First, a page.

Letters to the editor
Readers write on the relationship between the British and Americans, how the Chinese see Obama, and Iran.
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In regard to the Oct. 18 opinion piece, "The ally the British love to hate;" I am a fan of the columns written by Walter Rodgers. Yet I am troubled by this column with its tone of negativity leveled toward the British.
Yes, on occasion I have found myself offended by some of my contacts with the Brits, but I have also experienced their extraordinary hospitality.
Though we share a common language, we have a distinct national culture, and both of us, no doubt, can learn to better appreciate each other's heritage. Both of our nations face daunting challenges in this 21st century, and now is the time for forbearance in our comments about each other.
The Britain Mr. Rodgers portrays is one I simply do not recognize – in spite of having lived here for the best part of a century (and my ancestors before me) in London, the countryside, and in a provincial city. It would appear that Rodgers had singularly unfortunate experiences during his time here, which can only be regrettable.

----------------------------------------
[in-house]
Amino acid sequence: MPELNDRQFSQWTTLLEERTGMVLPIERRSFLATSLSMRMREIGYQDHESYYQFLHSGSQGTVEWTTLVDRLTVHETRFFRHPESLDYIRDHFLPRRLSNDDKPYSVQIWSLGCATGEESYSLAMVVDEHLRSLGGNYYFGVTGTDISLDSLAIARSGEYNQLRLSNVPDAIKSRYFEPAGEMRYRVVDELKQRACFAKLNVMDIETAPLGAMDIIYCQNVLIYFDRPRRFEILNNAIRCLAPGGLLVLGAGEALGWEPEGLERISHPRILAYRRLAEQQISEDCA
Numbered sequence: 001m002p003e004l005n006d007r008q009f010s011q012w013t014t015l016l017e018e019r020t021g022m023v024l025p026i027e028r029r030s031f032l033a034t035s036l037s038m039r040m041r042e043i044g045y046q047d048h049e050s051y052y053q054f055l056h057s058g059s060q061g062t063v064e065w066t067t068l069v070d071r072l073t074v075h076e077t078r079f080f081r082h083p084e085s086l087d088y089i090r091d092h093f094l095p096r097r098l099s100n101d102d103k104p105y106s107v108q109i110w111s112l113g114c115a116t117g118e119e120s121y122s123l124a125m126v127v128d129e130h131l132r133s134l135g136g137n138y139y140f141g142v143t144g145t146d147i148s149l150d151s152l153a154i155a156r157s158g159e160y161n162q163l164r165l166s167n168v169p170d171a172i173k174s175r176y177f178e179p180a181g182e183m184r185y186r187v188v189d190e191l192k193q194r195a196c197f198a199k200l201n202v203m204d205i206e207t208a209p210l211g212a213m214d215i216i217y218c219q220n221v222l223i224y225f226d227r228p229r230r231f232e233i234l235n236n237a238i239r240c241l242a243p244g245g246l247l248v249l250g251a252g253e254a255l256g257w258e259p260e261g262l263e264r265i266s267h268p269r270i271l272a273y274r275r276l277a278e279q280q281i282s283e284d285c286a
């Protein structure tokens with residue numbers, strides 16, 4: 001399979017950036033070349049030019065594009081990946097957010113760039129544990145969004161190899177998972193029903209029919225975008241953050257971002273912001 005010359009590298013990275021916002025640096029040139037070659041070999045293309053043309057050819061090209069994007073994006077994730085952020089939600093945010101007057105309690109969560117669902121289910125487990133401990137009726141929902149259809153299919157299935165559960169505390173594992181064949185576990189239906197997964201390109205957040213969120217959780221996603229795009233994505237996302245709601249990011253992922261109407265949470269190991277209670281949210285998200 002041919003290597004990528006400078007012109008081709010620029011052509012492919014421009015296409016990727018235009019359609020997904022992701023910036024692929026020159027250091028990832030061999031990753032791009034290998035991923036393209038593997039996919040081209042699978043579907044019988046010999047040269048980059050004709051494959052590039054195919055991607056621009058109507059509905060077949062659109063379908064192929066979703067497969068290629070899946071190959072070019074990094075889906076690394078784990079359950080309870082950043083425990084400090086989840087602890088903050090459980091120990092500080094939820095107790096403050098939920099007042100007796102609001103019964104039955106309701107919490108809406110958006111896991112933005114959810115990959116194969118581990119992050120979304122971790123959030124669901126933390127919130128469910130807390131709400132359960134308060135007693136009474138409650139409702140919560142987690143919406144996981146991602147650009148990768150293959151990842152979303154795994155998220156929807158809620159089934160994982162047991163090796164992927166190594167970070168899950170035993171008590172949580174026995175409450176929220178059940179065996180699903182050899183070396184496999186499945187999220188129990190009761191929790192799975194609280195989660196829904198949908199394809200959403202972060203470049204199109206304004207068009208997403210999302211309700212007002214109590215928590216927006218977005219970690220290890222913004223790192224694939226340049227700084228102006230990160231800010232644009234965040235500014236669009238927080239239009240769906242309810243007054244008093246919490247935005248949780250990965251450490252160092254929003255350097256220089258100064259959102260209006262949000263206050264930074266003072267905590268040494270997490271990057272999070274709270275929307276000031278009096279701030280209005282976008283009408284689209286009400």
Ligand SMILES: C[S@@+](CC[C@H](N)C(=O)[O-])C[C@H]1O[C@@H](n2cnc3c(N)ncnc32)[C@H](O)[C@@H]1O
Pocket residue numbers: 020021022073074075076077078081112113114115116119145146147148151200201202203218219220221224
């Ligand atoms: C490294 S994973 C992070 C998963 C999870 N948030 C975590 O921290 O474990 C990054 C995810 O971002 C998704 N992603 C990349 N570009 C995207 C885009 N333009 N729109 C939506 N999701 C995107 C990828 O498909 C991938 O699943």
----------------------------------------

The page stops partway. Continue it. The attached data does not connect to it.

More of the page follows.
The Guardian newspaper, of course, has a defined outlook; but there are other national newspapers, which would also claim to be highbrow, that take an opposite stance. Also, I can assure Rodgers that for every thoughtless teenage boy there were millions of adults who were horrified and deeply grieved by the 9/11 atrocity.
And I believe most people would deplore a physical assault on anyone, especially a guest; but in Rodgers's case the attacker was clearly unbalanced.
It is true that we sometimes laugh at the Americans but we also laugh at ourselves, at the French especially, and at other assorted nationalities; it is something we do, not necessarily with malicious intent.
What is equally true is that freedom of speech in Britain has been so severely curtailed as a result of unlimited immigration and the fear of causing offense that it is unwise to speak out even against terrorists lest one breaks the law.
There is much to be deplored in modern Britain. I should like to apologize to Rodgers on behalf of my countrymen who have let the side down. I can only hope that if he ever returns to these islands, he will have happier encounters. He is welcome to join me for a cup of tea.
Bottisham, Cambridge, England
British attitudes toward the US are often shaped – for better or worse – by political decisions. Tony Blair's decision to follow George W. Bush into Iraq did foster anti-Americanism in the UK after the invasion of Iraq in 2003.